The Revolver Aeroto is an aero fairing for your disc brake rotor

Revolver's aero disc rotor fairings are most definitely not UCI-legal, offer dubious gains, and may hamper braking performance... I love it!

by Ronan Mc Laughlin

photography by Revolver Aeroworks

British brand Revolver Aeroworks is dedicated to designing aero equipment to make riders faster. Perhaps best known for its range of time trial wheels, Revolver also lends its hand to time trial extensions, armrests, extension wedges, and now, disc rotor fairings. 

A recent post on Revolver’s Instagram unveiled the rotor fairings along with its official name: the Aeroto. The post explained that eagle-eyed triathlon fans may have spotted Revolver-sponsored athlete Joe Skipper testing the Aeroto in races last season. Having completed that testing, Revolver has now opened Aeroto pre-orders for both 140 mm and 160 mm rotor diameters. 

“At the moment, we’re just letting people know it’s available soon and not giving away too much in terms of specification,” Revolver told us.

Revolver did confirm the Aeroto is a race day-only product, designed solely for front wheels and only on flat courses devoid of prolonged braking sections. Heat build-up is the obvious concern and a large part of the reason stock rotors are not smoother with aero surfaces out of the box. Rotor manufacturers are constantly looking at ways to dissipate heat, and the Aeroto covers most of the surface area around the middle of the rotor, which could lead to overheating and impaired performance on technical courses with increased braking demands. Revolver did say it has incorporated “design measures to help keep heating under control”, but it couldn’t elaborate any further on these at this time.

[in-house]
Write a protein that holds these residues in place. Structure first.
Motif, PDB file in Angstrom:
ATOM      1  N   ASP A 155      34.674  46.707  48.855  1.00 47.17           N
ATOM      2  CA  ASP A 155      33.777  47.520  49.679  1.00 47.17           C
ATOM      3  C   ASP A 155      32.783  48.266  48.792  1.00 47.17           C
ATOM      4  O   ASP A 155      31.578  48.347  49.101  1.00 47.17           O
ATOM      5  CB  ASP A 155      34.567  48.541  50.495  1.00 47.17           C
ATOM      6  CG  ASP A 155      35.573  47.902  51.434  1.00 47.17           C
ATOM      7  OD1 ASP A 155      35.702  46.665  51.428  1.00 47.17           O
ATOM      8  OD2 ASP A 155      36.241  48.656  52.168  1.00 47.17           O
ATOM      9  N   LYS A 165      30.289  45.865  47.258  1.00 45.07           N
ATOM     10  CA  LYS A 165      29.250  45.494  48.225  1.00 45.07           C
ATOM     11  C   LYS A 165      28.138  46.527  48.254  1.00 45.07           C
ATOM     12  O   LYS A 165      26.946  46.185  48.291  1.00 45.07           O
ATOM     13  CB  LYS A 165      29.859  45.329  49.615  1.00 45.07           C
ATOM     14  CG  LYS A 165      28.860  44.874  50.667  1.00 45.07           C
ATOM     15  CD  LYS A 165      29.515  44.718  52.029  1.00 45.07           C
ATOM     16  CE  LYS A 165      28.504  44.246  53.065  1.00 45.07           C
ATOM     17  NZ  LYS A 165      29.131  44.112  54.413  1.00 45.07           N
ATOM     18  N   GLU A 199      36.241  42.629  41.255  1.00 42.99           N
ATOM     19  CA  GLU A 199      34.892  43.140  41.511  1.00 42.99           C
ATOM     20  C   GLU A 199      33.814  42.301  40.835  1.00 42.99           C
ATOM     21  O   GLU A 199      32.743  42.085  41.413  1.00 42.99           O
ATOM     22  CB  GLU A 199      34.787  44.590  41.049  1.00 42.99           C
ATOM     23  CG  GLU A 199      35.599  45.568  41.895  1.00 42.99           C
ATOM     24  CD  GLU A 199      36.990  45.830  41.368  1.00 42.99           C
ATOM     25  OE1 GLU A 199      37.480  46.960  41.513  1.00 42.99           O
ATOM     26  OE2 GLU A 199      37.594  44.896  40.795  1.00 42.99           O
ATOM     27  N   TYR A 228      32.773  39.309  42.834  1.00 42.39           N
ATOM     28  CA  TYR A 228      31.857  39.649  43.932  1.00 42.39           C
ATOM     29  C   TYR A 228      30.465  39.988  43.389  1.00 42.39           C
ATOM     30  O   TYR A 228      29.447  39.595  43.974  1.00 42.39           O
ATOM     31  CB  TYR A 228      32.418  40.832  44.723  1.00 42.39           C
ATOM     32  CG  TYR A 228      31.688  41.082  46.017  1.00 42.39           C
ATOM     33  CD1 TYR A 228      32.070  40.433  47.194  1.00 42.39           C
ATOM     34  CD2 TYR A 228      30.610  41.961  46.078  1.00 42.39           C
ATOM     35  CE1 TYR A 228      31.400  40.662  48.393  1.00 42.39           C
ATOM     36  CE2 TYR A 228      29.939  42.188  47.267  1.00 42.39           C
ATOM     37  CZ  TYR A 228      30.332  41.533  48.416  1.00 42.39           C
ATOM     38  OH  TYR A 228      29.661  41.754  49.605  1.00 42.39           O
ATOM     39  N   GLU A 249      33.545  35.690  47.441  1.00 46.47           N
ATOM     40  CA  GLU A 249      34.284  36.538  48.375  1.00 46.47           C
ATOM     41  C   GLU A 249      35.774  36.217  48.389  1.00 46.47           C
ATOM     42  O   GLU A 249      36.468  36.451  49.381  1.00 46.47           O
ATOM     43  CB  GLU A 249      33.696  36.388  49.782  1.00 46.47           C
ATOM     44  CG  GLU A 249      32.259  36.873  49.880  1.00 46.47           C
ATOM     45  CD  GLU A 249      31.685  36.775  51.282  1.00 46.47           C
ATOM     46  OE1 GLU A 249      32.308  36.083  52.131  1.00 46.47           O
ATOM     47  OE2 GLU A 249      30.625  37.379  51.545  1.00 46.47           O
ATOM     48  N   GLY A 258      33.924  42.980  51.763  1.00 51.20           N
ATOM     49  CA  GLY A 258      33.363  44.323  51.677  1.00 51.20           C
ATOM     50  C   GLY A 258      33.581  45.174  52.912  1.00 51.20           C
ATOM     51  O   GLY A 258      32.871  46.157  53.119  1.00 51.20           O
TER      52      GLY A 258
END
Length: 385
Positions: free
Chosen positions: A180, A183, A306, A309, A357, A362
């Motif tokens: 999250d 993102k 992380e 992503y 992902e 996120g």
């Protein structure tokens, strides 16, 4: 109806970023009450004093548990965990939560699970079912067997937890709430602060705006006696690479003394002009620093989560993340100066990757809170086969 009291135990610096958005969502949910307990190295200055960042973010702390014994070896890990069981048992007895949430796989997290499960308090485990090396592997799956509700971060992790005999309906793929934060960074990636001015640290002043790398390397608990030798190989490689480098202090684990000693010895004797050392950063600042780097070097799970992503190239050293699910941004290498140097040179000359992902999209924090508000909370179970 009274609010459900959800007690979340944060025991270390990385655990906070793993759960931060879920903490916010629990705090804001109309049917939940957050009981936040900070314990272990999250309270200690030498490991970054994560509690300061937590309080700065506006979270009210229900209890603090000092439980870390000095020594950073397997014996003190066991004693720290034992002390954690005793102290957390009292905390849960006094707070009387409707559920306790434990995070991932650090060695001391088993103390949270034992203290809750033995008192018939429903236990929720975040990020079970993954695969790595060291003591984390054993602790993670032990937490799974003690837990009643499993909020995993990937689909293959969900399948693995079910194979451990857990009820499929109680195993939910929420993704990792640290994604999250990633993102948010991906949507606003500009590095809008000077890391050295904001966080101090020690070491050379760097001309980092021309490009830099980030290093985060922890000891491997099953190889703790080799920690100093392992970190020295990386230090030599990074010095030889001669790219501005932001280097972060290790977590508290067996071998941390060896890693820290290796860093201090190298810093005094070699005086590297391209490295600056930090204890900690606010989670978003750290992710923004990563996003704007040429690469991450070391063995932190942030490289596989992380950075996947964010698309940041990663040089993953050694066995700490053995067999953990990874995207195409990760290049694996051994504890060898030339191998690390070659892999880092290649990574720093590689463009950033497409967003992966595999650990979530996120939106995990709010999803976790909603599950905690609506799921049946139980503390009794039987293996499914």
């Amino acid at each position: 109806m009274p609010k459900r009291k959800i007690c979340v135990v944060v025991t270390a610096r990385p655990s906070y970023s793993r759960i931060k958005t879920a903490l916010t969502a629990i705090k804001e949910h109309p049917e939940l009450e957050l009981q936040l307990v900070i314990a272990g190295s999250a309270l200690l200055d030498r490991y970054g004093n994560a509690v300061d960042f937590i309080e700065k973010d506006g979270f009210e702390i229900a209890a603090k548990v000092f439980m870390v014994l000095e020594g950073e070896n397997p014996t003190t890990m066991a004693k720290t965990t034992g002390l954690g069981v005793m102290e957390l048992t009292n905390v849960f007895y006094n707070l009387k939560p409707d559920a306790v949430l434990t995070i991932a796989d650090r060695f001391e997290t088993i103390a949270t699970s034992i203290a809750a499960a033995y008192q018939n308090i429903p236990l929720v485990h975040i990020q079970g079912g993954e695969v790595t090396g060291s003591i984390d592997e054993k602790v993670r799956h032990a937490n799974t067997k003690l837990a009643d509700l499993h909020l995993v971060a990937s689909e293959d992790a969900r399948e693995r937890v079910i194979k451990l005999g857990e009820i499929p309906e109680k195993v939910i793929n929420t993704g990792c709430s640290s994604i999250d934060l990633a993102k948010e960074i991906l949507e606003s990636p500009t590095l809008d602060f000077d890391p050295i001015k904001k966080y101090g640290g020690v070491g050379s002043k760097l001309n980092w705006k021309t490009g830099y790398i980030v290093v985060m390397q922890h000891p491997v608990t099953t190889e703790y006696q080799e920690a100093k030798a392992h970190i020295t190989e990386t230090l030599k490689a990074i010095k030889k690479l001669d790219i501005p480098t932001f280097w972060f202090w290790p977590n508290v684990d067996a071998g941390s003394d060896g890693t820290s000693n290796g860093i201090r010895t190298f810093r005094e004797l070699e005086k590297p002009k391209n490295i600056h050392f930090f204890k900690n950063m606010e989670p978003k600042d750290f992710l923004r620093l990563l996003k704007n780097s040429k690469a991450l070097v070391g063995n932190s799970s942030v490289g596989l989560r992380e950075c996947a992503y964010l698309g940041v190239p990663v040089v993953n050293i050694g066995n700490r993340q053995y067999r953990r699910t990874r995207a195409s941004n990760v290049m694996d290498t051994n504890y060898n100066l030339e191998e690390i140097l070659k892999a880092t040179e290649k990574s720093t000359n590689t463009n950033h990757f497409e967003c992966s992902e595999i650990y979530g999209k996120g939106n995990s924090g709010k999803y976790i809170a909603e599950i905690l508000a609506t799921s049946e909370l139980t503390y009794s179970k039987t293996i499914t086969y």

Another point of confusion is exactly how much aero benefit these covers offer. The aerodynamic efficiency of disc brakes is increasingly difficult to measure already. At first, the rotor and calliper combination was considered to be less aerodynamic than an aero-optimised rim-brake setup. However, with almost all development now focused on disc-brake frames and wheels, the aerodynamic penalty of a basic disc-brake setup is now claimed to be more than offset by the improved aerodynamics the overall system allows manufacturers to achieve elsewhere on the bike. 

When asked precisely what aero gains the Aeroto can add to a disc-brake setup, Revolver was again somewhat limited in what it could say at this time, but did admit that the savings are marginal.

“It’s one of those marginal improvements that if you can apply in a few places around the bike you might grab five watts.”

Revolver went on to explain various testing methods have thrown up savings anywhere from zero to three watts, with Revolver’s own wind tunnel results somewhere in the middle of this range. 

“We’ve been working with Joe Skipper for a while and this is just one of the items that is trickling down to the web site, but there are a few more that will likely emerge this year. We’re working hard for every possible watt, though.”

Don’t expect to see the Aeroto in any UCI time trials anytime soon (as it’s definitely not UCI-legal), but for the aero-minded local club time trial racer or the hotbed that is the UK time trialling scene, the Aeroto will surely be a hit.

Revolver is now taking pre-orders via Instagram DMs and is soon launching an Aeroto page on the Revolver Aeroworks web site. Pricing is yet to be confirmed. 

More information can be found (eventually) at

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